ANIMATION WORLD MAGAZINE - ISSUE 3.9 - December 1998
Dubbing Can Be A Problem...
I have read Debra K. Chinn's "International Theatrical Dubbing: It's More Than Meets the Eye" (Chinn 3.6), and would like to share a few experiences with you. When dubbing is done properly, it enhances the movie experience, but when it is done wrong, it can kill a film. I am from the Czech Republic and all of the movies that come out here on video are dubbed. In the theaters, only about half of them are dubbed and most of my friends are thankful for each and every one that is not.
I remember when Harrison Ford spoke his first Czech lines in Clear and Present Danger. The voice was terrible and the whole theater began laughing. Moreover, the titles are sometimes translated without a true understanding of what they mean. For instance, Hot Shots was translated as Shots Which Are Hot and Private Parts was translated as Private Vice.
The dialogue almost always lacks the wit of the original. The double-headed dragon in Quest for Camelot originally says, "We are the reason why relatives should not marry." The dubbed version said, "We are a genetic problem." The joke is lost. The charm is lost. It is dull. I think "dull" is the word that describes dubbed versions best.
I remember most of the English lines from the Star Wars Trilogy. When I borrowed Star Wars on video, I was shocked to hear very polite dialogue with very little, if any, wit and sometimes a totally different meaning. For example in the English version, Luke says, "I am not afraid," and Yoda answers, "You will be!" In the Czech version Yoda says, "Really?"
These are some examples of why my friends always shudder at the thought of seeing another dubbed movie. In fact, some prefer to wait for a satellite channel to show the film in English. One of my buddies, a huge cartoon fan, stopped going to theaters to see the Disney movies because he hates what Czech dubbing does to them. Although he is quite extreme, I have to admit that listening to Czech versions of Ariel's songs was very unpleasant and painful indeed .
I have done quite a bit of translating and it is not an easy job. Sometimes it takes a lot of effort to come up with the correct translation, something that really fits. It takes time. It takes effort. It takes energy. It seems to me that the folks who are doing the translating for movies here are quite lazy (or very badly paid) at best.
I hope my point of view will help you in your work, especially since the new Star Wars Trilogy is approaching. I hope Fox will not force them to be dubbed.
Richard K. Taufman
Editor's Note: I think Debra's article showed that some U.S. studios are placing a new emphasis on the importance of proper dubbing. By setting up complete internal departments to handle the dubbing process, the studios are being more involved and stringent in their standards. I will be curious to see if you see any marked changes in the near future. Please write back after you see The Phantom Menace. I'll be interested to hear what you think about the quality.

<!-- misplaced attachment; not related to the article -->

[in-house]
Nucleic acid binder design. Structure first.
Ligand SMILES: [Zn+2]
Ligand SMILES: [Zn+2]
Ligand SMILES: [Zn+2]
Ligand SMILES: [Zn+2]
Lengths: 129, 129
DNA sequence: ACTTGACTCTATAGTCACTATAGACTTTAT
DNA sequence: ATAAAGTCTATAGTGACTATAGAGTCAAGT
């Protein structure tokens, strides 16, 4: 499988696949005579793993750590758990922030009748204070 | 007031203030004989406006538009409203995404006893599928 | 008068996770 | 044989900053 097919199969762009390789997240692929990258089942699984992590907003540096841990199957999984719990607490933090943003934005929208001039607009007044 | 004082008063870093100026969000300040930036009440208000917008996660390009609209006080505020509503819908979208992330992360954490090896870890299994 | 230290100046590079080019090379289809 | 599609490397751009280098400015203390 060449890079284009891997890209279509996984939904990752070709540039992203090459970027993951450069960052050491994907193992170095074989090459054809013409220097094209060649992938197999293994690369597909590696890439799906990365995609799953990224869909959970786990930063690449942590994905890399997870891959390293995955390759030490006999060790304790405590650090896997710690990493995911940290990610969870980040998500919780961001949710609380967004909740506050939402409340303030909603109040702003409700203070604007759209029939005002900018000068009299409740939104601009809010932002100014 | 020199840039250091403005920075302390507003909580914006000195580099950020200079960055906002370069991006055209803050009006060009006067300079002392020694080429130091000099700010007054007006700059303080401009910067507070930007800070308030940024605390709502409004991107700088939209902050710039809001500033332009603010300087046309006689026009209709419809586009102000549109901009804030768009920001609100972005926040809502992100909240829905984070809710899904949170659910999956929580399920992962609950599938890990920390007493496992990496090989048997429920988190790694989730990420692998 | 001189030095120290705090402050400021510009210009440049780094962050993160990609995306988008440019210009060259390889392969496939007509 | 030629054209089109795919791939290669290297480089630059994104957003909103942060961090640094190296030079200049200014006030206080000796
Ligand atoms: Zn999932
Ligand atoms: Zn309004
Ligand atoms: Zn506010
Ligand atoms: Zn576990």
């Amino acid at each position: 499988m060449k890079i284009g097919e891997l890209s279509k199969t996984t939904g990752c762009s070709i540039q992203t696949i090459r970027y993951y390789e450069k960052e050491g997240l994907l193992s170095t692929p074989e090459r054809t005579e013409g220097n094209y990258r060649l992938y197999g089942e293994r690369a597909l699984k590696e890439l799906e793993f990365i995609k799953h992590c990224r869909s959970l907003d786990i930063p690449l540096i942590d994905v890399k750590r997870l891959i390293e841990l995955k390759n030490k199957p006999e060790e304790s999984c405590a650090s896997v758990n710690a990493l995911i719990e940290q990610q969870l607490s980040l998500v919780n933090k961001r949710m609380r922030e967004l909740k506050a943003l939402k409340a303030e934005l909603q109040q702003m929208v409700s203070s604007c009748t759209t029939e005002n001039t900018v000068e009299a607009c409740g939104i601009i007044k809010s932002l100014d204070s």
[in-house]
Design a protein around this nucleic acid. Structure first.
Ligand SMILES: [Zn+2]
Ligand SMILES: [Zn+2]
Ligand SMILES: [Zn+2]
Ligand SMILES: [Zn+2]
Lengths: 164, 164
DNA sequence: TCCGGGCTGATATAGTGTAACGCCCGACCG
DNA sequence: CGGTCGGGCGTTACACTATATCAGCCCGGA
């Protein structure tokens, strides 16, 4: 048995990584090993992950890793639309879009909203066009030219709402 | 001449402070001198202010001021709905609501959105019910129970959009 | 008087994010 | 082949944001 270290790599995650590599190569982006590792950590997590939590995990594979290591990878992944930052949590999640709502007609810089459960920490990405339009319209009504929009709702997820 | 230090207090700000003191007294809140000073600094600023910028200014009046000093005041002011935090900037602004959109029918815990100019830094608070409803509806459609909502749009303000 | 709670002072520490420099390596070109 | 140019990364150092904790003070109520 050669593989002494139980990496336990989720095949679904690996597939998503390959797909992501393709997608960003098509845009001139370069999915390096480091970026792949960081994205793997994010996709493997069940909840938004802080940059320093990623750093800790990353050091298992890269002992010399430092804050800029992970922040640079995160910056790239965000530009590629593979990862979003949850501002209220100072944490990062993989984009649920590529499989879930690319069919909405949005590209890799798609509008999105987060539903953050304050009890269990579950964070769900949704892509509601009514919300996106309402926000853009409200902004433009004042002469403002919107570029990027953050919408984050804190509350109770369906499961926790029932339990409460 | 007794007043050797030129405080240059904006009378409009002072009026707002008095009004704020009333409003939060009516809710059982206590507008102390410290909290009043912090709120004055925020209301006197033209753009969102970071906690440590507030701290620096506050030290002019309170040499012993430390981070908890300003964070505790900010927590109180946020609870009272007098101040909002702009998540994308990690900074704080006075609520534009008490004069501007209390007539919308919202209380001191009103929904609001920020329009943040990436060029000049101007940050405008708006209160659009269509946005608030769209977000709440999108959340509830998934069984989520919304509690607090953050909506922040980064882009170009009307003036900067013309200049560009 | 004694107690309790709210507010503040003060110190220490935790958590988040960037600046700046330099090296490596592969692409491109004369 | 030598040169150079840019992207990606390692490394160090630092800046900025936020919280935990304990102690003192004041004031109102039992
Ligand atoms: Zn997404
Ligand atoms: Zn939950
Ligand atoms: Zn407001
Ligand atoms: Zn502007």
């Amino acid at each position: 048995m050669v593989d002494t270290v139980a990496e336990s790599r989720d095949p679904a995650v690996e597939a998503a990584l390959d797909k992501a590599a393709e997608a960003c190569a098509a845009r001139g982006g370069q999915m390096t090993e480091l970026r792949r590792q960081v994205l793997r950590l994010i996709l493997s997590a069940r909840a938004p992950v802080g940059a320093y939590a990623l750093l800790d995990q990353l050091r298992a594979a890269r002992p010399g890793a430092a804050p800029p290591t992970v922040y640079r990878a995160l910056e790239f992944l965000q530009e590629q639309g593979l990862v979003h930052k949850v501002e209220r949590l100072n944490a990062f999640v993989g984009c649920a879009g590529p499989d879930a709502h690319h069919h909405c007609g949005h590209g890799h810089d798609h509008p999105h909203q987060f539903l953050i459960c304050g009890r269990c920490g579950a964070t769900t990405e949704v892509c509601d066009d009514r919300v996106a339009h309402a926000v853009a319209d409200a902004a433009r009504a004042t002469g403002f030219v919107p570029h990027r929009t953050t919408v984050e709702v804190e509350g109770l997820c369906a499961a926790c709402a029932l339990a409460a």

First, I do believe that the American animation industry has advanced in the past 10 years. We have advanced from only producing kids cartoons to producing more "adult" cartoons like The Simpsons.
I have noticed though that for the last ten years (1989-1998) the majority of "adult" cartoons on prime time are sitcoms like, The Simpsons, South Park, Bob and Margaret, etc. Why are most of the "adult" American cartoons produced sitcoms? It seems that year after year, the only thing animation producers can think to produce are animated adult sitcoms.
Have any of these American animation producers ever thought about producing something different? How about an animated drama aimed at adults? Or even an animated western aimed at adults? It seems that all the good writers are aimed at making viewers laugh instead of creating dramatic material.
You are probably saying to yourself, "The idea of dramatized animation is silly. Noboby would buy this idea." Well, there is such animation that does exist. It is called "Anime" or Japanese animation. The Japanese produce animation in every possible genre from children's material to R-rated material. In Japan, there are successful dramatic titles, which have shown more promise of breaking the animation mold than anything America has attempted to do.
Even if the people who are reading this letter do not like anime, most of them have to agree that mature animation is the wave of the future in animation. Whether it is American, Japanese, French or German, hopefully, someday Americans will not look at animation as just "silly kids cartoons."
I hope I have not offended anybody, but it seems that the American animation industry has not tried any new concepts, other than animated adult sitcoms and kids shows, in the past ten years.
Editor's Note: Anonymous, you are not alone. I receive quite a bit of similar mail, especially since we ran "The Color In Mind: Corto Maltese" (Bekins, 3.6). Let's hope someone out there is listening.
Note: Readers may contact any Animation World Magazine contributor by sending an e-mail to firstname.lastname@example.org.
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